Antidepressants Make People More Selfless, Study Reveals

Antidepressants Make People Selfless, Study Reveals

Think your sense of morality is ingrained and can't be changed? Think again.

A new study has found evidence that the way we treat others is linked to our brain chemistry - and antidepressants and other drugs can alter this.

Scientists believe that antidepressants could be used to treat antisocial behaviour, after they found that those who took the drug were more likely to act selflessly.

Researchers from University College London (UCL) discovered that antidepressant medication can influence a person's ability to make moral decisions - particularly in terms of whether to act selfishly or selflessly.

A group of 175 adults were asked to administer and receive electric shocks with a financial reward. Those who administered more shocks would reap the benefits financially.

They hoped to gain an understanding of how much pain a person would be willing to inflict on either themselves or someone else in exchange for money.

Half of the group were asked to take citalopram, which is a commonly prescribed antidepressant, and the other half were given levodopa, which is used to treat Parkinson's disease.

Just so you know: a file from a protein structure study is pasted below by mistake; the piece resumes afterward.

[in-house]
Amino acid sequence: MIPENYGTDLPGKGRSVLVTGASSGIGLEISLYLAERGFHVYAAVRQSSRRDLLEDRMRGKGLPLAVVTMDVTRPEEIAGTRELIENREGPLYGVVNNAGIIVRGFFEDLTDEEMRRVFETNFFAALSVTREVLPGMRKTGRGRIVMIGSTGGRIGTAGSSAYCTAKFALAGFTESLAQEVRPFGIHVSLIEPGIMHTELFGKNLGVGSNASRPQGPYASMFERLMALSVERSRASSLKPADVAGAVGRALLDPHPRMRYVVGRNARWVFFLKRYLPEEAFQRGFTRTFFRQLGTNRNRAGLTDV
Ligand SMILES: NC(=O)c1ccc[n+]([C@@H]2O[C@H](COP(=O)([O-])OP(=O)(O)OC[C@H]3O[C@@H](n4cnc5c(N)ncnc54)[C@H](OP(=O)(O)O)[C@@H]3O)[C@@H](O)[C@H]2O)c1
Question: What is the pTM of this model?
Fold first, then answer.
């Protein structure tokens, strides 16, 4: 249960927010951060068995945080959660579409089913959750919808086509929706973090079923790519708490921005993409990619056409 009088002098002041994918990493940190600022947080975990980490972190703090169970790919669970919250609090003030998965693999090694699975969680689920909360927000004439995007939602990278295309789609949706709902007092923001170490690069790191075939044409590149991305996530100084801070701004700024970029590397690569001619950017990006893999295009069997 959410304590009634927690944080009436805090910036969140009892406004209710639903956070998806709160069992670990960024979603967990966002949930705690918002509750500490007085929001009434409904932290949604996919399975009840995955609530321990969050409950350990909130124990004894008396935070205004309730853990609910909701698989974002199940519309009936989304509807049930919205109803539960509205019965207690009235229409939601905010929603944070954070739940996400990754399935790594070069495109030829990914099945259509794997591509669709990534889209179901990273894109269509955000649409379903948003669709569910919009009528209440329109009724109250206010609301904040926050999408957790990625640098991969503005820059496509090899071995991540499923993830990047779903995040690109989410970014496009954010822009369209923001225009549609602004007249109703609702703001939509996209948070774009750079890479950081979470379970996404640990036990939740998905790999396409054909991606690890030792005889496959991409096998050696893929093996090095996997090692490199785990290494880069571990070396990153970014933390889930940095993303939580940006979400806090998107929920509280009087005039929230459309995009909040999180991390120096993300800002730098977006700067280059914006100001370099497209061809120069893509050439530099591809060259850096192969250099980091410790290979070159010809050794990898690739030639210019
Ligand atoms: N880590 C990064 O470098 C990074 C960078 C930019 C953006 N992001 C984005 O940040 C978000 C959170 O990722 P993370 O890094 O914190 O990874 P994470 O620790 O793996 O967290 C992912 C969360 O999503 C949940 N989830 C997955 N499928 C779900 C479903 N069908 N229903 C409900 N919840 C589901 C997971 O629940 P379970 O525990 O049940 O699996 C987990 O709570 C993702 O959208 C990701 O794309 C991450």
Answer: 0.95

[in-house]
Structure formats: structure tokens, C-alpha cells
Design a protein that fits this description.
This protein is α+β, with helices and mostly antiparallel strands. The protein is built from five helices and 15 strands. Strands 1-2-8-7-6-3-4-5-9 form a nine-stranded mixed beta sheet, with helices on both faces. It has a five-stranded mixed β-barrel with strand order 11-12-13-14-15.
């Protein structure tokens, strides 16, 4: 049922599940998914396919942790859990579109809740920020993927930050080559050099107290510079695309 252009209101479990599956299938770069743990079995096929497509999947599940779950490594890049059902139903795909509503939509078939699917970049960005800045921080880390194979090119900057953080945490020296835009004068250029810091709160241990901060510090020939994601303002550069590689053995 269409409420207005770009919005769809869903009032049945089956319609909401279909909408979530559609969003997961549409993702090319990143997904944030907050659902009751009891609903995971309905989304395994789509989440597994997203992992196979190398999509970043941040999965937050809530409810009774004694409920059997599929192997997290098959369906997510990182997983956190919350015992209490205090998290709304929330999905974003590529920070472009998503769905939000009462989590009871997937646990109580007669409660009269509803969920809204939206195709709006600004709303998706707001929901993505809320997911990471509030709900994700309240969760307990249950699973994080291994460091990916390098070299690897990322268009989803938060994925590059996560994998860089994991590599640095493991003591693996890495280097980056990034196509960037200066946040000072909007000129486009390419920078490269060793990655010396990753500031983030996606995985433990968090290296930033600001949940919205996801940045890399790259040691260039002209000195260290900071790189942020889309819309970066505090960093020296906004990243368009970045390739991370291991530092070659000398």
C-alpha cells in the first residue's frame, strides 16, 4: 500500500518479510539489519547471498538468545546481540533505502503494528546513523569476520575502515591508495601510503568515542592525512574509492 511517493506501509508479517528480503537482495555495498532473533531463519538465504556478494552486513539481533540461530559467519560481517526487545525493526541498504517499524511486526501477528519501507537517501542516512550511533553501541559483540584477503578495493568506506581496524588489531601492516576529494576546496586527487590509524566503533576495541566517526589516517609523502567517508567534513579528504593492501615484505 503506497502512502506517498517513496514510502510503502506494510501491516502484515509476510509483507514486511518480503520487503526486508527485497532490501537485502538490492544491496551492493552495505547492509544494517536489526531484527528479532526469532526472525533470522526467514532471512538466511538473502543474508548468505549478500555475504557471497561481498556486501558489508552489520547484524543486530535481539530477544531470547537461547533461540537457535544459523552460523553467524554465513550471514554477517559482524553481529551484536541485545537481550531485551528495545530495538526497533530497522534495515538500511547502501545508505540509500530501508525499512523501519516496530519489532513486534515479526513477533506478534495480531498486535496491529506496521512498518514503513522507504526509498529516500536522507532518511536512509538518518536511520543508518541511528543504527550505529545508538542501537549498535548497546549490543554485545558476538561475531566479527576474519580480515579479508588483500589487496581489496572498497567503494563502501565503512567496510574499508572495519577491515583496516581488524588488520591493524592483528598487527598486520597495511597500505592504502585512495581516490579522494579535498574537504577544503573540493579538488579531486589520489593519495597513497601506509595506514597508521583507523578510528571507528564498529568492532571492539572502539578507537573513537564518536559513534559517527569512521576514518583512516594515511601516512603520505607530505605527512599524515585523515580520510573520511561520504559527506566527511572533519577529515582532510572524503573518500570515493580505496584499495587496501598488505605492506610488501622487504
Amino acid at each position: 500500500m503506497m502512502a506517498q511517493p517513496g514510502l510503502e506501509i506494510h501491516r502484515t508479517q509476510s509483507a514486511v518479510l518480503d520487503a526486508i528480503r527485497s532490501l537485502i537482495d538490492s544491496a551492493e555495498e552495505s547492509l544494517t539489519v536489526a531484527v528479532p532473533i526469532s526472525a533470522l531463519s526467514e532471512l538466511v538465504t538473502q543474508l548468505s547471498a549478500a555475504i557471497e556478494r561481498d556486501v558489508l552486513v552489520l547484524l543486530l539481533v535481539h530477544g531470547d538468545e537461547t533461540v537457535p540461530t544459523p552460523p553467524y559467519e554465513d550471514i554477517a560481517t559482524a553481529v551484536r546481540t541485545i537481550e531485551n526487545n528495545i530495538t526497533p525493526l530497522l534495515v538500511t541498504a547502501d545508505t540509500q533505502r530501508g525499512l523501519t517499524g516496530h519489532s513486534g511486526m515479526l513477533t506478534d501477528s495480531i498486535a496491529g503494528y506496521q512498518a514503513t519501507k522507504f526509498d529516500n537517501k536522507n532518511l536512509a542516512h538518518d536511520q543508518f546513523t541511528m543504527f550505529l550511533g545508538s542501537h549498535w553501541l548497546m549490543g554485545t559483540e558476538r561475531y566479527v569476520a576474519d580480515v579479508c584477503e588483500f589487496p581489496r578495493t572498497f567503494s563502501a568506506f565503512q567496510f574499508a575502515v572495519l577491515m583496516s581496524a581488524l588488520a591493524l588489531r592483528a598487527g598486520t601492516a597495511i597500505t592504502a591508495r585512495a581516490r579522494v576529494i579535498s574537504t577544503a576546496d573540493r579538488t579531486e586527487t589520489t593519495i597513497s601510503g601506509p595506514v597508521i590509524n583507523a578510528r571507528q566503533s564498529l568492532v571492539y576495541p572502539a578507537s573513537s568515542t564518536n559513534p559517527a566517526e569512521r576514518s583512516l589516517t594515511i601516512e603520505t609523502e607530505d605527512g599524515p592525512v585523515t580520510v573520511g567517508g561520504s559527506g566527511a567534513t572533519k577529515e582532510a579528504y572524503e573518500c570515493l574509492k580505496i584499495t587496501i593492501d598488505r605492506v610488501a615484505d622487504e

Both groups were then compared against a placebo group.

Researchers found that both medications affected decision-making skills in different ways.

Those who had taken a single dosage of citalopram were far more selfless, as they were willing to pay almost twice as much as the placebo group to prevent harm to themselves or others.

Meanwhile, people taking levodopa (the Parkinson's drug) were more selfish and would rather harm others for a financial reward.

According to the Guardian, Molly Crockett, lead author of the research, said: "Our findings have implications for potential lines of treatment for antisocial behaviour, as they help us to understand how serotonin and dopamine affect people’s willingness to harm others for personal gain.

"We have shown that commonly-prescribed psychiatric drugs influence moral decisions in healthy people, raising important ethical questions about the use of such drugs."

The findings were published in the journal Current Biology.

The study echoed research from 2010 where scientists at University of Cambridge discovered that people given serotonin-enhancing drugs were less likely to harm others.

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